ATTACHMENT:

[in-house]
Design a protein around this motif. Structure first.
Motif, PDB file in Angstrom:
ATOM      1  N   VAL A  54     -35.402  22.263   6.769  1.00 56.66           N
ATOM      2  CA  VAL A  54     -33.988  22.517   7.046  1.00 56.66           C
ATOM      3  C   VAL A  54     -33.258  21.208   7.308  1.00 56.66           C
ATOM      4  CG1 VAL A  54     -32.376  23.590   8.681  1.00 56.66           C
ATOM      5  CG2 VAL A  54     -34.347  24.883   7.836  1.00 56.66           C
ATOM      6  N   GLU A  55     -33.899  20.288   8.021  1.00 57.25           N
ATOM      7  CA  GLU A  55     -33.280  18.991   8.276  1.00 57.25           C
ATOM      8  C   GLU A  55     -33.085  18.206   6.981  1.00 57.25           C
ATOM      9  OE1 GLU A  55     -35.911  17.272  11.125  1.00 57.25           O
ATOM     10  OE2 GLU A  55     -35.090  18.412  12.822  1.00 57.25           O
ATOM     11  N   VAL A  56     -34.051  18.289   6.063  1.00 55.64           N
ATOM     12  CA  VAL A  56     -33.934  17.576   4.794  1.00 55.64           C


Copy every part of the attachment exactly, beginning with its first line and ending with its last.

[in-house]
Design a protein around this motif. Structure first.
Motif, PDB file in Angstrom:
ATOM      1  N   VAL A  54     -35.402  22.263   6.769  1.00 56.66           N
ATOM      2  CA  VAL A  54     -33.988  22.517   7.046  1.00 56.66           C
ATOM      3  C   VAL A  54     -33.258  21.208   7.308  1.00 56.66           C
ATOM      4  CG1 VAL A  54     -32.376  23.590   8.681  1.00 56.66           C
ATOM      5  CG2 VAL A  54     -34.347  24.883   7.836  1.00 56.66           C
ATOM      6  N   GLU A  55     -33.899  20.288   8.021  1.00 57.25           N
ATOM      7  CA  GLU A  55     -33.280  18.991   8.276  1.00 57.25           C
ATOM      8  C   GLU A  55     -33.085  18.206   6.981  1.00 57.25           C
ATOM      9  OE1 GLU A  55     -35.911  17.272  11.125  1.00 57.25           O
ATOM     10  OE2 GLU A  55     -35.090  18.412  12.822  1.00 57.25           O
ATOM     11  N   VAL A  56     -34.051  18.289   6.063  1.00 55.64           N
ATOM     12  CA  VAL A  56     -33.934  17.576   4.794  1.00 55.64           C